Things To Know for Wednesday, September 21
JACKSON, Miss. (WLBT) - If you missed a few of the most important headlines and need to play catch up, no worries. WLBT has gathered some of the top stories from our website to get you up to speed.
1. Triage costs small compared to overall water plant needs, officials say
The nearly $200,000 in “triage” the state has done to stabilize the city of Jackson’s main water treatment facility doesn’t come close to addressing all of the plant’s needs, according to city and state leaders. Between August 29 and September 15, the state spent $191,530.82 on emergency repairs at the O.B. Curtis Water Treatment Plant, as well as another $1,158,297.26 to augment staffing at the facility, according to numbers confirmed by the Mississippi Emergency Management Agency (MEMA) and the governor’s office. The amount does not include the roughly $1 million MEMA is paying Hemphill Construction as the state’s response manager for the next 60 days. Nor does it include what the city has previously stated were priority needs for the plant. Gov. Tate Reeves himself acknowledged that fact at a press conference on September 5.
2. Northwest Rankin High School student arrested for threatening on-campus shooting
The Rankin County Sheriff’s Office arrested a girl under the age of 18 for a social media threat. Paul Holley, RCSO spokesperson, says the teenager threatened a shooting at the high school, where she attends. The threat was made online on Instagram, Holley said. The school district alerted investigators Monday afternoon and the student was arrested by that evening, Holley said. The girl appeared before Rankin County Youth Court Judge Tom Broone on Tuesday.
3. ‘When they call us, we show up’: Hinds Co. public works employees fight for raises
Dozens of Hinds County public works employees stood in solidarity Tuesday morning, with one message to the board of supervisors: give us a raise. With the sun blaring down, workers held a rally outside the public works headquarters in Raymond. They were protesting a vote by the board a day earlier to deny giving workers a $300-a-month pay raise. Had it been approved, some said the raise would have been the first increase workers in the department had received since 2016. However, County Administrator Kenny Wayne Jones, who would not comment on the strike itself, said all county employees will receive a $100-a-month pay raise as part of the 2022-23 fiscal year. He said board members approved the pay raise as part of budget negotiations earlier this summer. Several workers decided to take the day off in protest, using paid leave. Others opted to go back to work following the rally, saying they’re still dedicated to serving the residents of Hinds County.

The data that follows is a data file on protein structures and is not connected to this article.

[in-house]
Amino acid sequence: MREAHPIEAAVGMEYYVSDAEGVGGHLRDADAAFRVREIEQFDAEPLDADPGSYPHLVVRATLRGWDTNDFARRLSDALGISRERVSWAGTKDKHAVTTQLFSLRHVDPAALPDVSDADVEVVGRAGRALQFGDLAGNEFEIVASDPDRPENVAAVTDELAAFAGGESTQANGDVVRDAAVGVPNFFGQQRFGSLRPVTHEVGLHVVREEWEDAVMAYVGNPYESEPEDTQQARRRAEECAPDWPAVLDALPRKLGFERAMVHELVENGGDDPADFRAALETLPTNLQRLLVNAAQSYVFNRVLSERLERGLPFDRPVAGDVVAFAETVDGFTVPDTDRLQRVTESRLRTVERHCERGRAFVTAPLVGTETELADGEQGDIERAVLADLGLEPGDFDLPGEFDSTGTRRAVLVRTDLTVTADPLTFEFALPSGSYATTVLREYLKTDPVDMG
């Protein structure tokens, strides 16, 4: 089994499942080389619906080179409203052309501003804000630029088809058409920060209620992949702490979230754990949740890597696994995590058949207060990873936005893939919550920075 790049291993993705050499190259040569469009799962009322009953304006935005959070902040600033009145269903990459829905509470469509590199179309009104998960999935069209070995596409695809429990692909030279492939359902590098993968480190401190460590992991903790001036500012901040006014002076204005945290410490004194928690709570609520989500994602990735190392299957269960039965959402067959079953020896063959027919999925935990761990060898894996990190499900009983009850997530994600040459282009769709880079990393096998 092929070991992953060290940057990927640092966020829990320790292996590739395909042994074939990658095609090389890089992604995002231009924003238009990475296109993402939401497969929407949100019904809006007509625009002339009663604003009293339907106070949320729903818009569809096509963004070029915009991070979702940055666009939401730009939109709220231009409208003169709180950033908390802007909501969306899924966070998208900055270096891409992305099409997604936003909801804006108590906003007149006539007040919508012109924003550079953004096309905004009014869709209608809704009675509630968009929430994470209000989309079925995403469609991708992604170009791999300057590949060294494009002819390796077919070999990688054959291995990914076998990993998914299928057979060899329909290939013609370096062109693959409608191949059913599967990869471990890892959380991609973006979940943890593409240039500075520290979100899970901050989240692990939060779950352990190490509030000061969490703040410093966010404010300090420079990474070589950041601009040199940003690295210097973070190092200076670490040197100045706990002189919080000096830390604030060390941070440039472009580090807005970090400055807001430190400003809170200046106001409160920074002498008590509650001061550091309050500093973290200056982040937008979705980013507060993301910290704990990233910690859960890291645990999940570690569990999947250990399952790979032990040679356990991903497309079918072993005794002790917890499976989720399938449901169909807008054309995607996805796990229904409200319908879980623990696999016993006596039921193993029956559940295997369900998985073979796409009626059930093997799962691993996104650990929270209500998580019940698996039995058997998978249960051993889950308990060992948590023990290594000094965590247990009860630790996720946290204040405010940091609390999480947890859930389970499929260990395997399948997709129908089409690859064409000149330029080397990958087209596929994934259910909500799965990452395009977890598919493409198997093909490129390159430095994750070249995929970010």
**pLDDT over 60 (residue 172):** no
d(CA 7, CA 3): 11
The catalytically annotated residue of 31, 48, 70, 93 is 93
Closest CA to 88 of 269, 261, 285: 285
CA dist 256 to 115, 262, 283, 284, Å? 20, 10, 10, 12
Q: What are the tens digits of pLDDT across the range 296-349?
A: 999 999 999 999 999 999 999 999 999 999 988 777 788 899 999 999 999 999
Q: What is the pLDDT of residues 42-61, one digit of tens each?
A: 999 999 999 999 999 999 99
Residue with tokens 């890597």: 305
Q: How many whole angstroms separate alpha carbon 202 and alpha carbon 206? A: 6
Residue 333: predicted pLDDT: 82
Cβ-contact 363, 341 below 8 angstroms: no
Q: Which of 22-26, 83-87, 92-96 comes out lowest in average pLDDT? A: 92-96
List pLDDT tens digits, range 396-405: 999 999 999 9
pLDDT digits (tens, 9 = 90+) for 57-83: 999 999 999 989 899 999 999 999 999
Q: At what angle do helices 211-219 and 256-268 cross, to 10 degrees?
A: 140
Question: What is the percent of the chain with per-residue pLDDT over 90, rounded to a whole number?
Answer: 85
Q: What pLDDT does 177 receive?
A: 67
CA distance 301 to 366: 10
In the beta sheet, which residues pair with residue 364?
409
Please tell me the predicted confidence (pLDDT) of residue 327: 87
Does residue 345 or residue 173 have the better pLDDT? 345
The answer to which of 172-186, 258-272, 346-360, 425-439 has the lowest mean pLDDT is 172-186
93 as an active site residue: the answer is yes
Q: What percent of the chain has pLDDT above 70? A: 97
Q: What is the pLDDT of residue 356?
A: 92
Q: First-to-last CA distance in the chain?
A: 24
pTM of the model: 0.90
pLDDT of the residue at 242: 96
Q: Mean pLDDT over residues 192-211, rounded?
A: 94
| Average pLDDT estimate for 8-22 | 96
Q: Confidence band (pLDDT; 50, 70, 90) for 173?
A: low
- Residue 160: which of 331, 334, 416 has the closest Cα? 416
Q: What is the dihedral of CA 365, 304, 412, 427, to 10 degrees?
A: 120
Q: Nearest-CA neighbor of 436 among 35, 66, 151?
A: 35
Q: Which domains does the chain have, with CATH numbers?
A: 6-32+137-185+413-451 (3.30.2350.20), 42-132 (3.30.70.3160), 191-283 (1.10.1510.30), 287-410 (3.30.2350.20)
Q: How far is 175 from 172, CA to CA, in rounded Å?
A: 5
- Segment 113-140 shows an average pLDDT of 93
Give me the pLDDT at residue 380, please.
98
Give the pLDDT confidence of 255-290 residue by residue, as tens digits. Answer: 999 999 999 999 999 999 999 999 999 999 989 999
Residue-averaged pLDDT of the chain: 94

4. Grandmother finds her teenage grandson shot to death in Jackson
A grandmother found her grandson shot to death in Jackson, police say. Lagavin Jenkins, 18, was discovered in his bed with two gunshot wounds to his chest around 1 a.m. Tuesday morning. There is no suspect or motive at this time.
5. Woman seriously injured after being attacked by dogs in Kosciusko
A woman had to be hospitalized after being attacked by a group of dogs in Kosciusko Monday morning. The victim was out reading meters for a utility company near Cannonade Street and Goodman Street when she was attacked by three pit bulls and sustained severe injuries. Kosciusko Police, Animal Control, and EMS were dispatched to the scene of the attack. The owner of the dogs, James Keith Self, Jr., 30, was arrested and charged with aggravated assault. Seven dogs were removed from his home, 3 being the dogs involved in the attack.
6. Customers accuse Richland gun shop of damaging guns, so they’re unsafe
Customers of 144 Tactical, a gun shop in Richland, are accusing the owner of damaging their guns — and in one case, to the point where firing the weapon could be harmful. “They don’t need to just be touching anybody’s guns, or they don’t know what they’re doing. It’s a huge issue,” said Peyton Bain. “It could cost somebody’s life.” On May 31st, Bain took a gun that’s been in his family for almost a decade to get Cerekoted to 144 Tactical. “When we dropped it off, we kept getting a run around for updates. They messed up the Cerakote to begin with. [We] kept calling, kept calling, never could get the answer that we were looking for, and never could get a hold of the owner. [we] popped in one day, found that gun was absolutely damaged and demolished,” Bain explained.
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